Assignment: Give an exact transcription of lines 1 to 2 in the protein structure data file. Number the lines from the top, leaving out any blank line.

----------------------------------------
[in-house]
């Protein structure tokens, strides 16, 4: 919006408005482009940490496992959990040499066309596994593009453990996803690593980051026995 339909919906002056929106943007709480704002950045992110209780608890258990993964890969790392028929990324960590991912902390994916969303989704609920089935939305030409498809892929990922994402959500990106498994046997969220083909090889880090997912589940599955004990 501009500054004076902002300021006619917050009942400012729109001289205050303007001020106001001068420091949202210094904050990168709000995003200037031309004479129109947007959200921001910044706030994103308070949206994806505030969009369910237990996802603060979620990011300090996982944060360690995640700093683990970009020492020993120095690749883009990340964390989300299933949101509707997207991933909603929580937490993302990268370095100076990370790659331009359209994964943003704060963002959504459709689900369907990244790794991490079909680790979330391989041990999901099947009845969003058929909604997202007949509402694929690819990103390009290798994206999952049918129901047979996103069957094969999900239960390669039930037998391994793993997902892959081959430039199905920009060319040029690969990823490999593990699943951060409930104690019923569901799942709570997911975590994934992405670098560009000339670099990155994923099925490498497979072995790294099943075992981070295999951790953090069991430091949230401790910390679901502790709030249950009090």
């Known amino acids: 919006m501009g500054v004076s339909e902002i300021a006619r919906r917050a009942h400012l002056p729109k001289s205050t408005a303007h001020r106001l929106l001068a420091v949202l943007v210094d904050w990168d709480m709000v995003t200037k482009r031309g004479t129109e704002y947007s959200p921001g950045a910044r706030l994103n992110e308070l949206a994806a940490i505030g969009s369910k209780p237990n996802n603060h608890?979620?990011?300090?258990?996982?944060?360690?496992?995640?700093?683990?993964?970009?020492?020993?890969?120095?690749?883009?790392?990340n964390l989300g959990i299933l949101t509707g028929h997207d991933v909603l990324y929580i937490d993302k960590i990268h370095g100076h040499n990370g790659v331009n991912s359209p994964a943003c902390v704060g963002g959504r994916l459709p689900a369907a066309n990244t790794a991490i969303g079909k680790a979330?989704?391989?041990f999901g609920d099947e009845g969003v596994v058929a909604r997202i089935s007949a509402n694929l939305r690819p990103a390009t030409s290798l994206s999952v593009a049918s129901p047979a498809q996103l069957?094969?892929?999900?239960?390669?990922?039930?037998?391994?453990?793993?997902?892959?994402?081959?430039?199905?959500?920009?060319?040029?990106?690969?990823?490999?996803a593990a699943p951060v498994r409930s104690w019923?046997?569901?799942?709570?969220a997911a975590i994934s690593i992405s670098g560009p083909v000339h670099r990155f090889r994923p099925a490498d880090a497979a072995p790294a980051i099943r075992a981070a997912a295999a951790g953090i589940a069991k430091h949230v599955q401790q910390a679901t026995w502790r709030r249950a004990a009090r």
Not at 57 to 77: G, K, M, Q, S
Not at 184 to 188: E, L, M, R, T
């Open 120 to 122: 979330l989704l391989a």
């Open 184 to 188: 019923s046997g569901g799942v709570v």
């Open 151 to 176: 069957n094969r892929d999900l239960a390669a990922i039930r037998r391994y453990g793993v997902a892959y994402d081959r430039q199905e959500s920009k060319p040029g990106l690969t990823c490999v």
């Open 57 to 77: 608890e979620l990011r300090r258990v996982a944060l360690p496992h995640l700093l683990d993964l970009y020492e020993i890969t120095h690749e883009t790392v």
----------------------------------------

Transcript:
[in-house]
């Protein structure tokens, strides 16, 4: 919006408005482009940490496992959990040499066309596994593009453990996803690593980051026995 339909919906002056929106943007709480704002950045992110209780608890258990993964890969790392028929990324960590991912902390994916969303989704609920089935939305030409498809892929990922994402959500990106498994046997969220083909090889880090997912589940599955004990 501009500054004076902002300021006619917050009942400012729109001289205050303007001020106001001068420091949202210094904050990168709000995003200037031309004479129109947007959200921001910044706030994103308070949206994806505030969009369910237990996802603060979620990011300090996982944060360690995640700093683990970009020492020993120095690749883009990340964390989300299933949101509707997207991933909603929580937490993302990268370095100076990370790659331009359209994964943003704060963002959504459709689900369907990244790794991490079909680790979330391989041990999901099947009845969003058929909604997202007949509402694929690819990103390009290798994206999952049918129901047979996103069957094969999900239960390669039930037998391994793993997902892959081959430039199905920009060319040029690969990823490999593990699943951060409930104690019923569901799942709570997911975590994934992405670098560009000339670099990155994923099925490498497979072995790294099943075992981070295999951790953090069991430091949230401790910390679901502790709030249950009090």